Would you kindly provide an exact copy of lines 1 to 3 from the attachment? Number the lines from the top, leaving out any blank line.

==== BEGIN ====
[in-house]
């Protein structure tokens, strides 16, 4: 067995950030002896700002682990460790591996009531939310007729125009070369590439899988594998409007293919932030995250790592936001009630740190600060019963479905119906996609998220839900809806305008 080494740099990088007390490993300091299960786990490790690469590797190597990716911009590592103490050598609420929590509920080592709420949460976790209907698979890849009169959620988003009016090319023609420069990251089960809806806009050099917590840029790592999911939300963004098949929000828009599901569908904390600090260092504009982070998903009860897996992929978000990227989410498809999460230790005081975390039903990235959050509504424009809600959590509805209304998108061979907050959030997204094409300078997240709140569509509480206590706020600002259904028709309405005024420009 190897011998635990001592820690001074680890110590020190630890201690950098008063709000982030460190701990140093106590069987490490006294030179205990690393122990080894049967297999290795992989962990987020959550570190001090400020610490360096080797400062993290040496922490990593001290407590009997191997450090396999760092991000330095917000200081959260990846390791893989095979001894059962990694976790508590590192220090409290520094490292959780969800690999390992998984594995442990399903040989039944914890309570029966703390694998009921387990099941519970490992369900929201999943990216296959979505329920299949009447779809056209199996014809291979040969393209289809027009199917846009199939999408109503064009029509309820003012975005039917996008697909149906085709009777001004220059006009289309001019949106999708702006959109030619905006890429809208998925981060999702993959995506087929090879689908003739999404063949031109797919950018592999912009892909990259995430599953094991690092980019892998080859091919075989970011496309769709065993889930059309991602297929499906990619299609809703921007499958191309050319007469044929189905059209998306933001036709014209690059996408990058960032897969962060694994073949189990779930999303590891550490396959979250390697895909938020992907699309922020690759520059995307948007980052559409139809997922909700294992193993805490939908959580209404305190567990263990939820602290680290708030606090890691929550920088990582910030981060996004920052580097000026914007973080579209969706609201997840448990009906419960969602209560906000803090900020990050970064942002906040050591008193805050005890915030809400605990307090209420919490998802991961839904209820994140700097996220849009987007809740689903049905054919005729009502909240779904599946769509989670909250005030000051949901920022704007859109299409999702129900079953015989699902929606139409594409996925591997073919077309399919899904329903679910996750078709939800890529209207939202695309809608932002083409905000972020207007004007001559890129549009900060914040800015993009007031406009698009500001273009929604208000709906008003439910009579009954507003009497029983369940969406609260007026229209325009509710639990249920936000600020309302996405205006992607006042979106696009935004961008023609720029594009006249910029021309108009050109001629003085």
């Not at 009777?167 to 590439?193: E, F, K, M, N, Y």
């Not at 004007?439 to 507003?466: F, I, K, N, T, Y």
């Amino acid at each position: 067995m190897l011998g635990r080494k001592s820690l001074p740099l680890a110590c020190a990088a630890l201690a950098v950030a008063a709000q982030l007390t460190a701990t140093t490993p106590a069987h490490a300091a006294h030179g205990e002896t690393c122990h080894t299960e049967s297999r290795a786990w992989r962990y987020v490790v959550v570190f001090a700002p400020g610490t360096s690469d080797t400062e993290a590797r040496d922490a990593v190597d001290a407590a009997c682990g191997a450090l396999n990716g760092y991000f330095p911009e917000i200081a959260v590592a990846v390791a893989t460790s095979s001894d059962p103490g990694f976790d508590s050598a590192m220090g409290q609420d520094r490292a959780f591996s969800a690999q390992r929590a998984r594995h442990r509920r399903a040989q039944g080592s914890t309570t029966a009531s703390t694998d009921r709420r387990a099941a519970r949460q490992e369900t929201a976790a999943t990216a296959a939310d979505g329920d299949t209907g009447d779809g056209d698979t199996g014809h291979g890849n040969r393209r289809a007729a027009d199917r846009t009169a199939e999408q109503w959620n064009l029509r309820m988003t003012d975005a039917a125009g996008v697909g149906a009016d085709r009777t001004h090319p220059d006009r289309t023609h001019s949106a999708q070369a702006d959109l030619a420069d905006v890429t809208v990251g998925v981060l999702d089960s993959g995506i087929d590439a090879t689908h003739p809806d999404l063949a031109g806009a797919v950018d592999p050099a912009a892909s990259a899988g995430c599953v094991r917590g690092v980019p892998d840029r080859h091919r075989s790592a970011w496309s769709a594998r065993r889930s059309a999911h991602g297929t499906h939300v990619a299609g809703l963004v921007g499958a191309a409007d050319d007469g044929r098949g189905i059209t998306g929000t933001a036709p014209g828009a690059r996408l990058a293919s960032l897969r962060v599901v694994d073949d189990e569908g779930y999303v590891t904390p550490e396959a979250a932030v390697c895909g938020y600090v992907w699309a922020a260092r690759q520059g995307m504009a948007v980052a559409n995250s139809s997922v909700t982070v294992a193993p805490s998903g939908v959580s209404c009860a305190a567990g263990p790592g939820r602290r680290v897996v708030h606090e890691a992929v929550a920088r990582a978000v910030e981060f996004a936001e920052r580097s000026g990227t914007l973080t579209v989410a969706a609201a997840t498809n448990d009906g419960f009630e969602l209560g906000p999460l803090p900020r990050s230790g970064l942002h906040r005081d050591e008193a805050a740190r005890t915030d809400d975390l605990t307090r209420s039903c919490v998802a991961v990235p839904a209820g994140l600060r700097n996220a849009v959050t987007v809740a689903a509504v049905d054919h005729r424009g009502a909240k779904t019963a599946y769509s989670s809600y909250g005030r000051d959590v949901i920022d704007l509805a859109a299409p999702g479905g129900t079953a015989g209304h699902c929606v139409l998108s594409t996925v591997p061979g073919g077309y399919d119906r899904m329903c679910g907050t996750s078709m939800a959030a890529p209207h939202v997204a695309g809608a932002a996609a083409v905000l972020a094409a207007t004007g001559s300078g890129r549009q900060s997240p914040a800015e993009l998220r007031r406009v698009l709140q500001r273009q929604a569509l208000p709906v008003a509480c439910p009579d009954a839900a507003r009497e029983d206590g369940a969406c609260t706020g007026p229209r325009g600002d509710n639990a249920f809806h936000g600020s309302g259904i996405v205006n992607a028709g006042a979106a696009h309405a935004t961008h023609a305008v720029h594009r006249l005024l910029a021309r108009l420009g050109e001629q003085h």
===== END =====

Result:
[in-house]
């Protein structure tokens, strides 16, 4: 067995950030002896700002682990460790591996009531939310007729125009070369590439899988594998409007293919932030995250790592936001009630740190600060019963479905119906996609998220839900809806305008 080494740099990088007390490993300091299960786990490790690469590797190597990716911009590592103490050598609420929590509920080592709420949460976790209907698979890849009169959620988003009016090319023609420069990251089960809806806009050099917590840029790592999911939300963004098949929000828009599901569908904390600090260092504009982070998903009860897996992929978000990227989410498809999460230790005081975390039903990235959050509504424009809600959590509805209304998108061979907050959030997204094409300078997240709140569509509480206590706020600002259904028709309405005024420009 190897011998635990001592820690001074680890110590020190630890201690950098008063709000982030460190701990140093106590069987490490006294030179205990690393122990080894049967297999290795992989962990987020959550570190001090400020610490360096080797400062993290040496922490990593001290407590009997191997450090396999760092991000330095917000200081959260990846390791893989095979001894059962990694976790508590590192220090409290520094490292959780969800690999390992998984594995442990399903040989039944914890309570029966703390694998009921387990099941519970490992369900929201999943990216296959979505329920299949009447779809056209199996014809291979040969393209289809027009199917846009199939999408109503064009029509309820003012975005039917996008697909149906085709009777001004220059006009289309001019949106999708702006959109030619905006890429809208998925981060999702993959995506087929090879689908003739999404063949031109797919950018592999912009892909990259995430599953094991690092980019892998080859091919075989970011496309769709065993889930059309991602297929499906990619299609809703921007499958191309050319007469044929189905059209998306933001036709014209690059996408990058960032897969962060694994073949189990779930999303590891550490396959979250390697895909938020992907699309922020690759520059995307948007980052559409139809997922909700294992193993805490939908959580209404305190567990263990939820602290680290708030606090890691929550920088990582910030981060996004920052580097000026914007973080579209969706609201997840448990009906419960969602209560906000803090900020990050970064942002906040050591008193805050005890915030809400605990307090209420919490998802991961839904209820994140700097996220849009987007809740689903049905054919005729009502909240779904599946769509989670909250005030000051949901920022704007859109299409999702129900079953015989699902929606139409594409996925591997073919077309399919899904329903679910996750078709939800890529209207939202695309809608932002083409905000972020207007004007001559890129549009900060914040800015993009007031406009698009500001273009929604208000709906008003439910009579009954507003009497029983369940969406609260007026229209325009509710639990249920936000600020309302996405205006992607006042979106696009935004961008023609720029594009006249910029021309108009050109001629003085």
């Not at 009777?167 to 590439?193: E, F, K, M, N, Y």